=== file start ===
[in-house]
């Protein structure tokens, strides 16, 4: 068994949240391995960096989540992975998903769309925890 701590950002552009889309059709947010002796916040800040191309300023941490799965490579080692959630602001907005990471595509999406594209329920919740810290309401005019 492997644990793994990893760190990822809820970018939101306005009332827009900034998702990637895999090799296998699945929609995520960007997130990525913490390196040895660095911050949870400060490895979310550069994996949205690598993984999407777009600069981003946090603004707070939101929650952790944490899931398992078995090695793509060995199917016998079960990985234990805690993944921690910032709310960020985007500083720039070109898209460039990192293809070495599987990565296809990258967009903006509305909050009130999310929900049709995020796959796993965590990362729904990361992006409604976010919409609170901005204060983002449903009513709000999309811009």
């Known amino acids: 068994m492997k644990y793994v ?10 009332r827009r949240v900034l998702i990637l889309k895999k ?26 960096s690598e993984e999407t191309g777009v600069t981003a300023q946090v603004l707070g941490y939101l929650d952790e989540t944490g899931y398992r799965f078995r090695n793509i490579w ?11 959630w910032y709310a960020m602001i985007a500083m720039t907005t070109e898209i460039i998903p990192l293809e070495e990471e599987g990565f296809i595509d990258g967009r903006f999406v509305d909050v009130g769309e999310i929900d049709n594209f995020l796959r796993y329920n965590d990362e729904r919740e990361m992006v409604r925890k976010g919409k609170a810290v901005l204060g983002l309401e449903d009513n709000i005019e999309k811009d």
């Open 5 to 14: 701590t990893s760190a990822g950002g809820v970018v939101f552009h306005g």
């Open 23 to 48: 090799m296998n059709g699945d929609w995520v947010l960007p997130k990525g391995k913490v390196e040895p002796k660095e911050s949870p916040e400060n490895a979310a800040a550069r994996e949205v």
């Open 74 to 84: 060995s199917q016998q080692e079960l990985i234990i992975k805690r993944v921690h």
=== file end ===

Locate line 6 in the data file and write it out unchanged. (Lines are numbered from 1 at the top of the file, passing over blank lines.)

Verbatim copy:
């Open 74 to 84: 060995s199917q016998q080692e079960l990985i234990i992975k805690r993944v921690h």